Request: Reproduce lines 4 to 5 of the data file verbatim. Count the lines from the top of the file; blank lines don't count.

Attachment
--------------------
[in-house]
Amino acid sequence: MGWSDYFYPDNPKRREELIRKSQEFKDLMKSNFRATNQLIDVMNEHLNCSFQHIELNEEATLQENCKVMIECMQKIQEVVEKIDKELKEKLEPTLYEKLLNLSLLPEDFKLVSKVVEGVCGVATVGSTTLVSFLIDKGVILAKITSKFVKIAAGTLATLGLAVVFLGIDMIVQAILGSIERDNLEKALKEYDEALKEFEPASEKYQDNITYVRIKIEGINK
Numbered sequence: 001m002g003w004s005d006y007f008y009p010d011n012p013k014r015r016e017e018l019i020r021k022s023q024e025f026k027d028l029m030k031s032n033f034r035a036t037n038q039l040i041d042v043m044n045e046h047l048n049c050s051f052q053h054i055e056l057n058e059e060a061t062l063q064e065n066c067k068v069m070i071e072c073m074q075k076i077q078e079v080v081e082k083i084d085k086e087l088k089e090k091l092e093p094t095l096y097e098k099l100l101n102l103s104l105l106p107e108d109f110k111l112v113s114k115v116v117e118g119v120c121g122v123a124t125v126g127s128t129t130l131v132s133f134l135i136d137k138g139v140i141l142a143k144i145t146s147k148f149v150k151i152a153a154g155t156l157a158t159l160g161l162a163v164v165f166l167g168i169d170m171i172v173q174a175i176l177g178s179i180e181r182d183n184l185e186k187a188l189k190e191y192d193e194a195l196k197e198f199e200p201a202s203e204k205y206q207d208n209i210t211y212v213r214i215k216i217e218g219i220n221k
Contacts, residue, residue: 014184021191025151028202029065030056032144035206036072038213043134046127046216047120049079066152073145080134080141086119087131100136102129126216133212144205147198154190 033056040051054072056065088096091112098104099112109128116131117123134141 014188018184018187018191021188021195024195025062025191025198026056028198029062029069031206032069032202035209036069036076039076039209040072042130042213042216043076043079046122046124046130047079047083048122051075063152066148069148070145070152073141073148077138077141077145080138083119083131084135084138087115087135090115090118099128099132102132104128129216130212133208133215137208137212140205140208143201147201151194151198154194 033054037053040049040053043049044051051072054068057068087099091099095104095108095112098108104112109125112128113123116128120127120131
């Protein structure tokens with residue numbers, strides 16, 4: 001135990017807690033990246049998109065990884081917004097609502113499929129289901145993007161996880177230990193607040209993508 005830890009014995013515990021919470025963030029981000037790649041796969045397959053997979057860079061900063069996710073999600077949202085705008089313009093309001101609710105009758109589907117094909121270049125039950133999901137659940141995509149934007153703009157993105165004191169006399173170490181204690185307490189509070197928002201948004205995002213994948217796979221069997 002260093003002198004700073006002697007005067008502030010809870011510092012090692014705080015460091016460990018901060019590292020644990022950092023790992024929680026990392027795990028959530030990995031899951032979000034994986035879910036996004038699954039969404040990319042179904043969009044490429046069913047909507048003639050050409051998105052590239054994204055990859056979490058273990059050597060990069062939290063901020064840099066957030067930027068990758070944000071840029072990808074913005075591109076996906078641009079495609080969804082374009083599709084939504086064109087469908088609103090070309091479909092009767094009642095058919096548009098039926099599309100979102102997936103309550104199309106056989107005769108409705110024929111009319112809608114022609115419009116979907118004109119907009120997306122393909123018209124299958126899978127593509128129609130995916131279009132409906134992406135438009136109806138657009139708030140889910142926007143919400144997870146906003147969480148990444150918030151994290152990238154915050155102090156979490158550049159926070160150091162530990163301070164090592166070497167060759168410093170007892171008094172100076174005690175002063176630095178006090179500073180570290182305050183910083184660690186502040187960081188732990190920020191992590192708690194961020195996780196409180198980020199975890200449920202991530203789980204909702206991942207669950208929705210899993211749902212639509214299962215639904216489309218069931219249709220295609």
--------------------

Contacts, residue, residue: 014184021191025151028202029065030056032144035206036072038213043134046127046216047120049079066152073145080134080141086119087131100136102129126216133212144205147198154190 033056040051054072056065088096091112098104099112109128116131117123134141 014188018184018187018191021188021195024195025062025191025198026056028198029062029069031206032069032202035209036069036076039076039209040072042130042213042216043076043079046122046124046130047079047083048122051075063152066148069148070145070152073141073148077138077141077145080138083119083131084135084138087115087135090115090118099128099132102132104128129216130212133208133215137208137212140205140208143201147201151194151198154194 033054037053040049040053043049044051051072054068057068087099091099095104095108095112098108104112109125112128113123116128120127120131
């Protein structure tokens with residue numbers, strides 16, 4: 001135990017807690033990246049998109065990884081917004097609502113499929129289901145993007161996880177230990193607040209993508 005830890009014995013515990021919470025963030029981000037790649041796969045397959053997979057860079061900063069996710073999600077949202085705008089313009093309001101609710105009758109589907117094909121270049125039950133999901137659940141995509149934007153703009157993105165004191169006399173170490181204690185307490189509070197928002201948004205995002213994948217796979221069997 002260093003002198004700073006002697007005067008502030010809870011510092012090692014705080015460091016460990018901060019590292020644990022950092023790992024929680026990392027795990028959530030990995031899951032979000034994986035879910036996004038699954039969404040990319042179904043969009044490429046069913047909507048003639050050409051998105052590239054994204055990859056979490058273990059050597060990069062939290063901020064840099066957030067930027068990758070944000071840029072990808074913005075591109076996906078641009079495609080969804082374009083599709084939504086064109087469908088609103090070309091479909092009767094009642095058919096548009098039926099599309100979102102997936103309550104199309106056989107005769108409705110024929111009319112809608114022609115419009116979907118004109119907009120997306122393909123018209124299958126899978127593509128129609130995916131279009132409906134992406135438009136109806138657009139708030140889910142926007143919400144997870146906003147969480148990444150918030151994290152990238154915050155102090156979490158550049159926070160150091162530990163301070164090592166070497167060759168410093170007892171008094172100076174005690175002063176630095178006090179500073180570290182305050183910083184660690186502040187960081188732990190920020191992590192708690194961020195996780196409180198980020199975890200449920202991530203789980204909702206991942207669950208929705210899993211749902212639509214299962215639904216489309218069931219249709220295609």